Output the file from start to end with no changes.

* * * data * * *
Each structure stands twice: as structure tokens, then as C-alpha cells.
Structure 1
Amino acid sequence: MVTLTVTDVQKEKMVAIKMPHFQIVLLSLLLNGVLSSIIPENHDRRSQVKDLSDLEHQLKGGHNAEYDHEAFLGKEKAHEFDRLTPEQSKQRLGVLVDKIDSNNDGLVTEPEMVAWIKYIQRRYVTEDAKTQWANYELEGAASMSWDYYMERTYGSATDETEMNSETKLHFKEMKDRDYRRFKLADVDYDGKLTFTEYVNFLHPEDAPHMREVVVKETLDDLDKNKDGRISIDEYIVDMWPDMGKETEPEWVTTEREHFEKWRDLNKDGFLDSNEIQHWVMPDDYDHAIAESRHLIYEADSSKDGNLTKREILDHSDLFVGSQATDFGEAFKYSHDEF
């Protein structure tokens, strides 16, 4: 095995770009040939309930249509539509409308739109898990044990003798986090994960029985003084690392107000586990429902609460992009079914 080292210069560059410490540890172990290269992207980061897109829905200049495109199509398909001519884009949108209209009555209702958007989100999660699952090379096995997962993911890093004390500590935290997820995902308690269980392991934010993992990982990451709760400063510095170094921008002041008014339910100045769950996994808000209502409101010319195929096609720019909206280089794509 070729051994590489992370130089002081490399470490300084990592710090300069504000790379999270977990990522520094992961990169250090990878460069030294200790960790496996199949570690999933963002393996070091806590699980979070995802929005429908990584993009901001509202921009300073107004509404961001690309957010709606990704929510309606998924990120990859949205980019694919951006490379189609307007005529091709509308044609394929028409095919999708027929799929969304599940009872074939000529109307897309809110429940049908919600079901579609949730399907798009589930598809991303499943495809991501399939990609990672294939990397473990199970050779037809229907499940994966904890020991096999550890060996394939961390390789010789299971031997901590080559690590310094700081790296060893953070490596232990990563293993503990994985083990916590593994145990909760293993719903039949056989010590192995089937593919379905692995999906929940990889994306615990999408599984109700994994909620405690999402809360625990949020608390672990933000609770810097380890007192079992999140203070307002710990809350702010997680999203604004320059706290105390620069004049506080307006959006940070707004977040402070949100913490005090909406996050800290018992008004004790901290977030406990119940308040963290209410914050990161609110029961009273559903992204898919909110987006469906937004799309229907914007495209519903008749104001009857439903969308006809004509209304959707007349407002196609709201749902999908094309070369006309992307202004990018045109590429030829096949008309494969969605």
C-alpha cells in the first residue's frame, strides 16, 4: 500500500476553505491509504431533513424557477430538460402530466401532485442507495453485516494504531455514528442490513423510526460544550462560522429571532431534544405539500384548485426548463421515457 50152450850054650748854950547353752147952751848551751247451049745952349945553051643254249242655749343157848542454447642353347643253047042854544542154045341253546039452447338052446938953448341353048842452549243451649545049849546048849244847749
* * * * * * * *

Each structure stands twice: as structure tokens, then as C-alpha cells.
Structure 1
Amino acid sequence: MVTLTVTDVQKEKMVAIKMPHFQIVLLSLLLNGVLSSIIPENHDRRSQVKDLSDLEHQLKGGHNAEYDHEAFLGKEKAHEFDRLTPEQSKQRLGVLVDKIDSNNDGLVTEPEMVAWIKYIQRRYVTEDAKTQWANYELEGAASMSWDYYMERTYGSATDETEMNSETKLHFKEMKDRDYRRFKLADVDYDGKLTFTEYVNFLHPEDAPHMREVVVKETLDDLDKNKDGRISIDEYIVDMWPDMGKETEPEWVTTEREHFEKWRDLNKDGFLDSNEIQHWVMPDDYDHAIAESRHLIYEADSSKDGNLTKREILDHSDLFVGSQATDFGEAFKYSHDEF
């Protein structure tokens, strides 16, 4: 095995770009040939309930249509539509409308739109898990044990003798986090994960029985003084690392107000586990429902609460992009079914 080292210069560059410490540890172990290269992207980061897109829905200049495109199509398909001519884009949108209209009555209702958007989100999660699952090379096995997962993911890093004390500590935290997820995902308690269980392991934010993992990982990451709760400063510095170094921008002041008014339910100045769950996994808000209502409101010319195929096609720019909206280089794509 070729051994590489992370130089002081490399470490300084990592710090300069504000790379999270977990990522520094992961990169250090990878460069030294200790960790496996199949570690999933963002393996070091806590699980979070995802929005429908990584993009901001509202921009300073107004509404961001690309957010709606990704929510309606998924990120990859949205980019694919951006490379189609307007005529091709509308044609394929028409095919999708027929799929969304599940009872074939000529109307897309809110429940049908919600079901579609949730399907798009589930598809991303499943495809991501399939990609990672294939990397473990199970050779037809229907499940994966904890020991096999550890060996394939961390390789010789299971031997901590080559690590310094700081790296060893953070490596232990990563293993503990994985083990916590593994145990909760293993719903039949056989010590192995089937593919379905692995999906929940990889994306615990999408599984109700994994909620405690999402809360625990949020608390672990933000609770810097380890007192079992999140203070307002710990809350702010997680999203604004320059706290105390620069004049506080307006959006940070707004977040402070949100913490005090909406996050800290018992008004004790901290977030406990119940308040963290209410914050990161609110029961009273559903992204898919909110987006469906937004799309229907914007495209519903008749104001009857439903969308006809004509209304959707007349407002196609709201749902999908094309070369006309992307202004990018045109590429030829096949008309494969969605």
C-alpha cells in the first residue's frame, strides 16, 4: 500500500476553505491509504431533513424557477430538460402530466401532485442507495453485516494504531455514528442490513423510526460544550462560522429571532431534544405539500384548485426548463421515457 50152450850054650748854950547353752147952751848551751247451049745952349945553051643254249242655749343157848542454447642353347643253047042854544542154045341253546039452447338052446938953448341353048842452549243451649545049849546048849244847749